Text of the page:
- Balance Sheets: These indicate your business’s financial health. Be sure to list out your company’s liabilities, assets, shareholders, and earnings.
- Operating Budget: This is a breakdown of your startup’s expenses and income. Your operating budget will show the reader how your company will operate and how much money it will need to achieve certain goals and milestones.
- Income Statements: Also called profit-and-loss statements, income statements describe your company’s projected expenses and revenue and show whether your startup will earn a viable profit in the near future.
- Cash Flow Statements: These are projections of receipts and payments that show your business’s cash flow and will show the reader how payments (including salaries) are made.
- Asset List: List all of your company’s assets.
- Loan Collateral: List all of the collateral you have for loans. This will give lenders a more accurate understanding of the assets your company currently owns.
If your business is already established, you should include these documents for the last three to five years in addition to projections for the next three to five years. However, if you haven’t established your business yet, you would only need to include projections covering a three to five-year period.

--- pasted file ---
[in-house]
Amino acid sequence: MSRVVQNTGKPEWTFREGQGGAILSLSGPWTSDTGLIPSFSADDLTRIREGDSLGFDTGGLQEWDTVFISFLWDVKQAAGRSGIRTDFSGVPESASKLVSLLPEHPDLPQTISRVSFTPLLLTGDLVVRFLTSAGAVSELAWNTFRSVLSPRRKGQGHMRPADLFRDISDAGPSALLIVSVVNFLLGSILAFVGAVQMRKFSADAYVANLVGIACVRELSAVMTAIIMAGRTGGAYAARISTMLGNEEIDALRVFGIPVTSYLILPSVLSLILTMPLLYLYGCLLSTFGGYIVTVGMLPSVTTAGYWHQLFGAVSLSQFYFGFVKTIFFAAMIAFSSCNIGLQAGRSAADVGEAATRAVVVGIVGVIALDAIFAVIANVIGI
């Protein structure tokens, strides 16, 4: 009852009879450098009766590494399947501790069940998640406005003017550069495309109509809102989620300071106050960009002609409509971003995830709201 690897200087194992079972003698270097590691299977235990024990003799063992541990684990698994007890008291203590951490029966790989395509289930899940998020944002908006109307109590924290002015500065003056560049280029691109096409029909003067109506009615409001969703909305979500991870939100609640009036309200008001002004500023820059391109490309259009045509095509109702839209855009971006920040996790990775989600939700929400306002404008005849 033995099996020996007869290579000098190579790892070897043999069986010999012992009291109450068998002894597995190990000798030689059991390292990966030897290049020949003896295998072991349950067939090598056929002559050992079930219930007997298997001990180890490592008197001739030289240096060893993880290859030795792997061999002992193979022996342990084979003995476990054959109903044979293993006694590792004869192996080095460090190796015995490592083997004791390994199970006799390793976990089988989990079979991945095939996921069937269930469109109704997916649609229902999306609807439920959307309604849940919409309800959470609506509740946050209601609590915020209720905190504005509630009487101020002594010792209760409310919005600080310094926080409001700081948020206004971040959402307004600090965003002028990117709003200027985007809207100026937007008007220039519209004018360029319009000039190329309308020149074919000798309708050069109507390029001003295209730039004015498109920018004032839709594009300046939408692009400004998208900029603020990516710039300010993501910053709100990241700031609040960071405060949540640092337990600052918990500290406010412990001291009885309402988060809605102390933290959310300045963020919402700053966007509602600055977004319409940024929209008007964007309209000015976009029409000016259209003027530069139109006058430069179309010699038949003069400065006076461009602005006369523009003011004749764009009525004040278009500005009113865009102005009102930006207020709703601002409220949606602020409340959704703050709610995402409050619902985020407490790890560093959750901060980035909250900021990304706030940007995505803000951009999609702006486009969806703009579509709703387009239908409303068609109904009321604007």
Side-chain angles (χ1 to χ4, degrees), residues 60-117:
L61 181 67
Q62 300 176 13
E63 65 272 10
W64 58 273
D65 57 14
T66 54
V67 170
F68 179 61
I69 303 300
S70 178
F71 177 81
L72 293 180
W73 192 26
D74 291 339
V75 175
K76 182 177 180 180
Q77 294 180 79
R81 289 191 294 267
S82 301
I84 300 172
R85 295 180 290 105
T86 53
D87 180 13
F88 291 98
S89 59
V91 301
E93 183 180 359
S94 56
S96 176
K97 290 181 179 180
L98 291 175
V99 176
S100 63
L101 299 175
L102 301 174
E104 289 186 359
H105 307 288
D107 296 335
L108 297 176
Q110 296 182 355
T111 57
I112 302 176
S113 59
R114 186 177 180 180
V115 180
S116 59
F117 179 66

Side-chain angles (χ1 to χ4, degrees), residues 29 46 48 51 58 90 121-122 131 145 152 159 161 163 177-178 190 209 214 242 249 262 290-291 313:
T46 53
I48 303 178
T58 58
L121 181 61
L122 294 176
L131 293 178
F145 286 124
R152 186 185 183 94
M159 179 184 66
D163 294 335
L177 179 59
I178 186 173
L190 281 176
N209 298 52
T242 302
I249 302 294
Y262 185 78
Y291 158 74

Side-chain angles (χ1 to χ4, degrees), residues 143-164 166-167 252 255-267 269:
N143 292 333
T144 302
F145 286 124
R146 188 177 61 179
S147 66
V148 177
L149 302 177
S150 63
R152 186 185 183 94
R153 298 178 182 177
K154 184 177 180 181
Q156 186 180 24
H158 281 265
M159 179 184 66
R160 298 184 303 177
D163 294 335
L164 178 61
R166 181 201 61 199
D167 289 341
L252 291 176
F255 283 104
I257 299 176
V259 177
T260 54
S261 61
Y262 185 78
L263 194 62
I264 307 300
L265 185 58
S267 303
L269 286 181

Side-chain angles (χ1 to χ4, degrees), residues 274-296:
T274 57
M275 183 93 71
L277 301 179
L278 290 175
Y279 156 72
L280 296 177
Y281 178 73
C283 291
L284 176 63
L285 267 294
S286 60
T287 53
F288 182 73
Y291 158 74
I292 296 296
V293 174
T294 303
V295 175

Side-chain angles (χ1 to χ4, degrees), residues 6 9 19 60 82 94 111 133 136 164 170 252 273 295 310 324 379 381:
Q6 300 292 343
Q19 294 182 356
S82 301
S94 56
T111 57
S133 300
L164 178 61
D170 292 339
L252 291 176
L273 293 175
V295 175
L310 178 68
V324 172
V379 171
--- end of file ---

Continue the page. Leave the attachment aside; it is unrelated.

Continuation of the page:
Your business plan needs to include a thorough Operations Plan. This section reveals your strategies for manufacturing, fulfillment, managing, staffing, hiring, and all of the other processes you go through when running your business on a day-to-day basis.
Answer the following questions:
- What are your staffing needs? How do you source, hire, and onboard staff?
- What work models do you use? Do you use an in-person, hybrid, or remote work model?
- If you choose an in-person or hybrid work model, what type of building do you need? What kind of workstations will you provide?
- If you choose a remote work model, what kind of conferencing software will you use? What kind of computers or programs do you expect your employees to use?
- What is your organizational structure? What departments do you have?
- Does your company require a sustained research and development effort? If so, how will you sustain this aspect of your work?
- How will your startup establish business relationships with suppliers and vendors?
- How will your operations change as your startup expands and grows?
- What steps will you be taking if your company doesn’t perform according to expectations?
Attach supporting documentation and materials that were referenced in the other sections or requested by the reader. Most business plans provide the following: